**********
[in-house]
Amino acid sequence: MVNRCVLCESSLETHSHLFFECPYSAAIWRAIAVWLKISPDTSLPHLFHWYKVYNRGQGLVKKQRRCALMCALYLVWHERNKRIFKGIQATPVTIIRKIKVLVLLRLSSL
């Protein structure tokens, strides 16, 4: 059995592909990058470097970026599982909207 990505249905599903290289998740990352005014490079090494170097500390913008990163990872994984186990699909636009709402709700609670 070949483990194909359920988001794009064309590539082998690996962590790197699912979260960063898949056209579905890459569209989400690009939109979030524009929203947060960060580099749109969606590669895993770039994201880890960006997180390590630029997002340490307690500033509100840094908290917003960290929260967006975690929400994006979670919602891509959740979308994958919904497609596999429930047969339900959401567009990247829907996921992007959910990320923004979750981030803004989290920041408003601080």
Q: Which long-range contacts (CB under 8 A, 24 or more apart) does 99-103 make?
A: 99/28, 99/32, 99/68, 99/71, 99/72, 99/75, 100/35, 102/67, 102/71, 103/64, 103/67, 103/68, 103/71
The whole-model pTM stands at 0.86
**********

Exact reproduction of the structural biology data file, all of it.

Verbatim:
[in-house]
Amino acid sequence: MVNRCVLCESSLETHSHLFFECPYSAAIWRAIAVWLKISPDTSLPHLFHWYKVYNRGQGLVKKQRRCALMCALYLVWHERNKRIFKGIQATPVTIIRKIKVLVLLRLSSL
């Protein structure tokens, strides 16, 4: 059995592909990058470097970026599982909207 990505249905599903290289998740990352005014490079090494170097500390913008990163990872994984186990699909636009709402709700609670 070949483990194909359920988001794009064309590539082998690996962590790197699912979260960063898949056209579905890459569209989400690009939109979030524009929203947060960060580099749109969606590669895993770039994201880890960006997180390590630029997002340490307690500033509100840094908290917003960290929260967006975690929400994006979670919602891509959740979308994958919904497609596999429930047969339900959401567009990247829907996921992007959910990320923004979750981030803004989290920041408003601080």
Q: Which long-range contacts (CB under 8 A, 24 or more apart) does 99-103 make?
A: 99/28, 99/32, 99/68, 99/71, 99/72, 99/75, 100/35, 102/67, 102/71, 103/64, 103/67, 103/68, 103/71
The whole-model pTM stands at 0.86